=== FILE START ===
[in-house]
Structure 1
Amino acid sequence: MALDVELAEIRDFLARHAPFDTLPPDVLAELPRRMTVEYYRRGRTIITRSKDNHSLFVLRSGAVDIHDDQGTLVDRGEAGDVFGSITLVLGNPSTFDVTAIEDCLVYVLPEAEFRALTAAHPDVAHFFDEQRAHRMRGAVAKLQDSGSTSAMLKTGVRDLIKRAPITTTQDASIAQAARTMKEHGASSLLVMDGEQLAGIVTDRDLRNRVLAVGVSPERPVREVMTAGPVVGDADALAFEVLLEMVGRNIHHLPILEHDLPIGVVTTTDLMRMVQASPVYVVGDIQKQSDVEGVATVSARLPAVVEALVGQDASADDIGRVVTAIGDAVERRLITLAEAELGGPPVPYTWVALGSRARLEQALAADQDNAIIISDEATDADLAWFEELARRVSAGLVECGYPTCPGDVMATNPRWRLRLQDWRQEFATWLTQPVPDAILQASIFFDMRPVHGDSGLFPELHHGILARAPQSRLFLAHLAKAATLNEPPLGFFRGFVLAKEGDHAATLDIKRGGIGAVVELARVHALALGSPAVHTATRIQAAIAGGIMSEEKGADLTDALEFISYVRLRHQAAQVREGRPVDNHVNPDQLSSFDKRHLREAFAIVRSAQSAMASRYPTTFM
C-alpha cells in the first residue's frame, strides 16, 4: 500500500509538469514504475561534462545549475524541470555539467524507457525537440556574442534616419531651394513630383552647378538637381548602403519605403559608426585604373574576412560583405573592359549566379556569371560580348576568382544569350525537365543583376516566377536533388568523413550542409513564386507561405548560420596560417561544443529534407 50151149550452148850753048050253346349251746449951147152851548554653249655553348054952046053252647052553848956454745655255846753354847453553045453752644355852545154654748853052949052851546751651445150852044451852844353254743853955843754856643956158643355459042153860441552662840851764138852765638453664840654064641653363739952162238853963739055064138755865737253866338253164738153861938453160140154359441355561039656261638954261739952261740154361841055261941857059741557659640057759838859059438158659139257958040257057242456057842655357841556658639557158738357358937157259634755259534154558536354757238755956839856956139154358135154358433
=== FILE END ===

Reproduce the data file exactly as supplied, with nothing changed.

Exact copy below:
[in-house]
Structure 1
Amino acid sequence: MALDVELAEIRDFLARHAPFDTLPPDVLAELPRRMTVEYYRRGRTIITRSKDNHSLFVLRSGAVDIHDDQGTLVDRGEAGDVFGSITLVLGNPSTFDVTAIEDCLVYVLPEAEFRALTAAHPDVAHFFDEQRAHRMRGAVAKLQDSGSTSAMLKTGVRDLIKRAPITTTQDASIAQAARTMKEHGASSLLVMDGEQLAGIVTDRDLRNRVLAVGVSPERPVREVMTAGPVVGDADALAFEVLLEMVGRNIHHLPILEHDLPIGVVTTTDLMRMVQASPVYVVGDIQKQSDVEGVATVSARLPAVVEALVGQDASADDIGRVVTAIGDAVERRLITLAEAELGGPPVPYTWVALGSRARLEQALAADQDNAIIISDEATDADLAWFEELARRVSAGLVECGYPTCPGDVMATNPRWRLRLQDWRQEFATWLTQPVPDAILQASIFFDMRPVHGDSGLFPELHHGILARAPQSRLFLAHLAKAATLNEPPLGFFRGFVLAKEGDHAATLDIKRGGIGAVVELARVHALALGSPAVHTATRIQAAIAGGIMSEEKGADLTDALEFISYVRLRHQAAQVREGRPVDNHVNPDQLSSFDKRHLREAFAIVRSAQSAMASRYPTTFM
C-alpha cells in the first residue's frame, strides 16, 4: 500500500509538469514504475561534462545549475524541470555539467524507457525537440556574442534616419531651394513630383552647378538637381548602403519605403559608426585604373574576412560583405573592359549566379556569371560580348576568382544569350525537365543583376516566377536533388568523413550542409513564386507561405548560420596560417561544443529534407 50151149550452148850753048050253346349251746449951147152851548554653249655553348054952046053252647052553848956454745655255846753354847453553045453752644355852545154654748853052949052851546751651445150852044451852844353254743853955843754856643956158643355459042153860441552662840851764138852765638453664840654064641653363739952162238853963739055064138755865737253866338253164738153861938453160140154359441355561039656261638954261739952261740154361841055261941857059741557659640057759838859059438158659139257958040257057242456057842655357841556658639557158738357358937157259634755259534154558536354757238755956839856956139154358135154358433